Tuesday, December 09, 2008
Humphrey Richard Adeane Lyttelton, also known as Humph, was born on 23 May 1921. He was an English jazz musician, broadcaster, author, and radio presenter. He was also one of the great-nephews of the politician and sportsman Alfred Lyttelton, who was the 1st man to represent England at both football and cricket at the international level.
Lyttelton acquired his first trumpet in 1936, when his mother went to a shop and bought him an instrument for around five pounds. He learnt to play by himself, being inspired by the trumpeters Louis Armstrong and Nat Gonella.
After spending a year with the Dixielanders, a band which pioneered New Orleans-style jazz in Britain and which was led by the pianist George Webb, Humphrey Lyttleton formed his own jazz band in 1948, playing the trumpet. The Humphrey Lyttelton Band soon became the leading traditional jazz band in the country, with a high reputation in Europe. It was for Parlophone that Humphrey recorded his own Bad Penny Blues which, in 1956, was the first British jazz record to get into the Top 20. The eight-piece band toured the States in 1959. By 1988, his 40th year as a bandleader, the jazzman had already played more than 10,000 concerts, only to continue for more than fifteen years. He wrote more than 120 original compositions for his band.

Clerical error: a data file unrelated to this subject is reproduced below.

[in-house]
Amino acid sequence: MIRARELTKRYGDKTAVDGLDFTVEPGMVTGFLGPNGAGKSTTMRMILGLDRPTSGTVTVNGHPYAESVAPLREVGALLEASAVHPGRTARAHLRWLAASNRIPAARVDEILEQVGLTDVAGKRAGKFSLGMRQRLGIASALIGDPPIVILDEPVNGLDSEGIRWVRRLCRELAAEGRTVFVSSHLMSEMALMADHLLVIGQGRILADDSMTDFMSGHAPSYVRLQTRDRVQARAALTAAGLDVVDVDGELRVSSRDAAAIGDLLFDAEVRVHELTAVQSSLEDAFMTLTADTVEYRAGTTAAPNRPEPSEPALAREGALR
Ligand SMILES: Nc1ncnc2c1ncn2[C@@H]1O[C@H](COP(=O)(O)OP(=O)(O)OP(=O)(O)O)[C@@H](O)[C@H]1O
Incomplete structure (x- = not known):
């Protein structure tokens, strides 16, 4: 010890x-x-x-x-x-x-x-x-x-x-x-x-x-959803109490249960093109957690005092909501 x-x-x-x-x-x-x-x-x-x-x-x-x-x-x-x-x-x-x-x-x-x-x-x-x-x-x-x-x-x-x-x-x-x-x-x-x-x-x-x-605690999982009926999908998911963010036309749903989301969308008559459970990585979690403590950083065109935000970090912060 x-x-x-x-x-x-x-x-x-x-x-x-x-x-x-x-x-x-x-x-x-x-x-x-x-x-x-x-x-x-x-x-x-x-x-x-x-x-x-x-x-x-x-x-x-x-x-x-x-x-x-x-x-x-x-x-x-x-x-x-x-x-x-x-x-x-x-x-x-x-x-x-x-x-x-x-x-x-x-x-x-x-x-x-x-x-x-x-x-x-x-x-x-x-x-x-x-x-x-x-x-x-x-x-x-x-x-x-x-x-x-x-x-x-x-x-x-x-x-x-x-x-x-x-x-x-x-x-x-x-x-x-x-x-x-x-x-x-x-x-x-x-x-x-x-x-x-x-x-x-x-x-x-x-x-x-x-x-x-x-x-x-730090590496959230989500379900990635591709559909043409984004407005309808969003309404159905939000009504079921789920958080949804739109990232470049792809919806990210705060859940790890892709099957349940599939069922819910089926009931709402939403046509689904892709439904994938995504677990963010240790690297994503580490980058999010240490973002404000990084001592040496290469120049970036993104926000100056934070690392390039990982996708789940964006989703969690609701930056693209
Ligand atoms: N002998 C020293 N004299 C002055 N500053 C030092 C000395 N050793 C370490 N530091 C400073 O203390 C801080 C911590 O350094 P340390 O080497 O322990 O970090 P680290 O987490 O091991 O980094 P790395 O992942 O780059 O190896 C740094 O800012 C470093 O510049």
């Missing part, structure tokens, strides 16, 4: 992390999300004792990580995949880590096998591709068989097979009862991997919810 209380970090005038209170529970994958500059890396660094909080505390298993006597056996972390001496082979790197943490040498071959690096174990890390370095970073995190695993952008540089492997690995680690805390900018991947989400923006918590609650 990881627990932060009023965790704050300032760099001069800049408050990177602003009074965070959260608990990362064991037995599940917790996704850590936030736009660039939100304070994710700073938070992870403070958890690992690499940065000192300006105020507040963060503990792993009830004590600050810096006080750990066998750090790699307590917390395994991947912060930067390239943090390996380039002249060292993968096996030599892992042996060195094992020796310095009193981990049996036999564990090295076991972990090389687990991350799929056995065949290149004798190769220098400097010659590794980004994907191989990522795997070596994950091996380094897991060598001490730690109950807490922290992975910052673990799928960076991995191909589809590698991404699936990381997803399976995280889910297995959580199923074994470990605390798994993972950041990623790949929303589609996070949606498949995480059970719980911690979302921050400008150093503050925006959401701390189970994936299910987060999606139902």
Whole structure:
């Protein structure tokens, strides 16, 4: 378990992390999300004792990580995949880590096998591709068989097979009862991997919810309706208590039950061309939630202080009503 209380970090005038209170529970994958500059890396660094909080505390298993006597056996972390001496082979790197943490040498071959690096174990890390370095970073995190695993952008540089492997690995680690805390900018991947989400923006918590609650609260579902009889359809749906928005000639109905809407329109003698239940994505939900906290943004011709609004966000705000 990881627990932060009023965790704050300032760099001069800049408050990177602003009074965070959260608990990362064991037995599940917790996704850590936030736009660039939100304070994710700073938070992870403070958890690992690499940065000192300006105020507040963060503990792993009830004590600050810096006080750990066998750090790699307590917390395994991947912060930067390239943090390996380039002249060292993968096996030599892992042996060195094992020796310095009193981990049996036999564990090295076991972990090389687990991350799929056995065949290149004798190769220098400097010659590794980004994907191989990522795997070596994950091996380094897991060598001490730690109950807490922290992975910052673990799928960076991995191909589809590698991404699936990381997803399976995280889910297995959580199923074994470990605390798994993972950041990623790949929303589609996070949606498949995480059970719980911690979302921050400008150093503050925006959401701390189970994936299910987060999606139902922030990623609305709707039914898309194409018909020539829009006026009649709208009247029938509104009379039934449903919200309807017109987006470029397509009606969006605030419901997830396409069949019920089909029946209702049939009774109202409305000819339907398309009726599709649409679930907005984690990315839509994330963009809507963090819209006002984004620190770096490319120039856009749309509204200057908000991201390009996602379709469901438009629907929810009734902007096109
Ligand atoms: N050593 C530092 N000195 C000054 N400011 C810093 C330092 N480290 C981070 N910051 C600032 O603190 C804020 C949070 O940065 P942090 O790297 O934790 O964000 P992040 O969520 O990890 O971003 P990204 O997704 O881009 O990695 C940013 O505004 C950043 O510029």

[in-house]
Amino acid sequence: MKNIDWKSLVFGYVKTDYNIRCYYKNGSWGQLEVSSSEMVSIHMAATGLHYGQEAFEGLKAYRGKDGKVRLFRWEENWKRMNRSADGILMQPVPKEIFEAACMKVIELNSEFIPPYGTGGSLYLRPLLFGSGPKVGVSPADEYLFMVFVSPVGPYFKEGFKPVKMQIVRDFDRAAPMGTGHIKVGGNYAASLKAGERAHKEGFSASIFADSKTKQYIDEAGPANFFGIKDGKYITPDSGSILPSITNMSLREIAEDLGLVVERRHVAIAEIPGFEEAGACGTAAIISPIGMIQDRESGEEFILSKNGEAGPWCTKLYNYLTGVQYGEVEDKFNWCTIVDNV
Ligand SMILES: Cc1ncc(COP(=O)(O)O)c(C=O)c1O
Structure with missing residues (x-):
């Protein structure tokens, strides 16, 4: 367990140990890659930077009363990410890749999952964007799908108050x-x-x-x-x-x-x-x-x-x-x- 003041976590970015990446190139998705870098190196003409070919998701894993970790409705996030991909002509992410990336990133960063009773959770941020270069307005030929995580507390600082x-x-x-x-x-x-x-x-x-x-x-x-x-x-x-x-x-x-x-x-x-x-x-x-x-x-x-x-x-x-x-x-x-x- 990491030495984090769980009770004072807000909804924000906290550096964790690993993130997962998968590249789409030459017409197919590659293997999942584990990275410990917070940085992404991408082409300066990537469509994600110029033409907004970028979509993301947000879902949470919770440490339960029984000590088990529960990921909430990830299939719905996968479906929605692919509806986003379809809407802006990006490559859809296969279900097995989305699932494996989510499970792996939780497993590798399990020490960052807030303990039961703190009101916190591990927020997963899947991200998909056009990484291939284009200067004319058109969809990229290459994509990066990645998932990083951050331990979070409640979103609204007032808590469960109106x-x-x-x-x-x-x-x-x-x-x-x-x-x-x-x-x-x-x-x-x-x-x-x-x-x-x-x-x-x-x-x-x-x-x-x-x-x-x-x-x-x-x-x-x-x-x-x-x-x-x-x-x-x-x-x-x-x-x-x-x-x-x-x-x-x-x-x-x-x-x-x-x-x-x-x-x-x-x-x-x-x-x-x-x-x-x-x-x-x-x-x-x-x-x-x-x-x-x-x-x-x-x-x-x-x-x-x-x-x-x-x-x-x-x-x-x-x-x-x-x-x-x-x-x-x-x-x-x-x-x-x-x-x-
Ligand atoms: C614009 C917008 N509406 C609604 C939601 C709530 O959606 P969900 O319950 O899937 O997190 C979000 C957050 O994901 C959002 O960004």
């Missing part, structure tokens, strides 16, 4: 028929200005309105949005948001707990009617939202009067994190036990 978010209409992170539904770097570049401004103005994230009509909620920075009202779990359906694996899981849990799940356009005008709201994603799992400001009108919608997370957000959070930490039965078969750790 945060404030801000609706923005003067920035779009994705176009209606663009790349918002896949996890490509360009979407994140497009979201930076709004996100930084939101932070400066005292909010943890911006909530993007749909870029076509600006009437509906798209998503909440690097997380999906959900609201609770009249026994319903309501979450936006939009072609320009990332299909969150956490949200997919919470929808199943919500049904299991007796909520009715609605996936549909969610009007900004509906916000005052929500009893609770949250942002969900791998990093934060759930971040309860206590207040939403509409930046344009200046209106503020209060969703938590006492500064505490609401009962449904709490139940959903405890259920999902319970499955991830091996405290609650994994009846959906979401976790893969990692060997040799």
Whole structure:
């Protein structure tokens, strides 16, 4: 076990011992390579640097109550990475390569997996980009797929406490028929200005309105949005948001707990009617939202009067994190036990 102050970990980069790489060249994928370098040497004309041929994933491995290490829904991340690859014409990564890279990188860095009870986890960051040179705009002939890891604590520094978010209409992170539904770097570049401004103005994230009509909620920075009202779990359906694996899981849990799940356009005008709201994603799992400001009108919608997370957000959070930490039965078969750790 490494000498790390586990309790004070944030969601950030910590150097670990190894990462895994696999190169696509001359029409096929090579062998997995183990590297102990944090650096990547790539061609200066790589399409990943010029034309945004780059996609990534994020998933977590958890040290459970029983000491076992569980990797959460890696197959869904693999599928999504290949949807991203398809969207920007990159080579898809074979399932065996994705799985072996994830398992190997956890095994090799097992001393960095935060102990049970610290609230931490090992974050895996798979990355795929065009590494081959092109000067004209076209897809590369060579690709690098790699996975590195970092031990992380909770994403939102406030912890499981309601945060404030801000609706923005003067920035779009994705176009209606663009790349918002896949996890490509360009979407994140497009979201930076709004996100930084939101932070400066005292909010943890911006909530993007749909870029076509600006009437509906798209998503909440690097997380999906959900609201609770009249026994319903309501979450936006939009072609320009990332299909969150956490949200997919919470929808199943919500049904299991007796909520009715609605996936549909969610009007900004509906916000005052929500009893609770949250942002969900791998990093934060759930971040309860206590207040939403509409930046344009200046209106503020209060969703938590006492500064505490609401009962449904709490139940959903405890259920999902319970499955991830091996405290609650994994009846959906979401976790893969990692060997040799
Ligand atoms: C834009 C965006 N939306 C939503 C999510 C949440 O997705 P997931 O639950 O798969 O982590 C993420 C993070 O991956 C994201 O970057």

However, he always saw to it that he remained active besides his musical life. Indeed, he Bundertook the presentation of a number of jazz programmes on BBC's Radio 2 (The Best of Jazz), and is also well known for presenting the hugely popular Radio 4 comedy show, I’m Sorry I Haven’t a Clue, which he chaired for 30 years.
One of the members of the Dixielanders — the clarinettist and cartoonist Wally Fawkes — became one of his particularly close friends. Lyttelton, who joined the Daily Mail as a cartoonist in 1949, provided story lines and dialogue for his friend’s greatly popular satirical strip, Flook.
His contribution to jazz literature was important too: he wrote seven books. Few musicians have written as vividly about their profession. He was also known as a journalist: his articles appeared regularly in Punch, The Field and the British Airways Highlife magazine.
He died on April 25, 2008, aged 86, leaving behind four children. His band was one of the most versatile in the world, and continues to give concerts celebrating his music and songs.
Posted by yael haelterman at 11:17 AM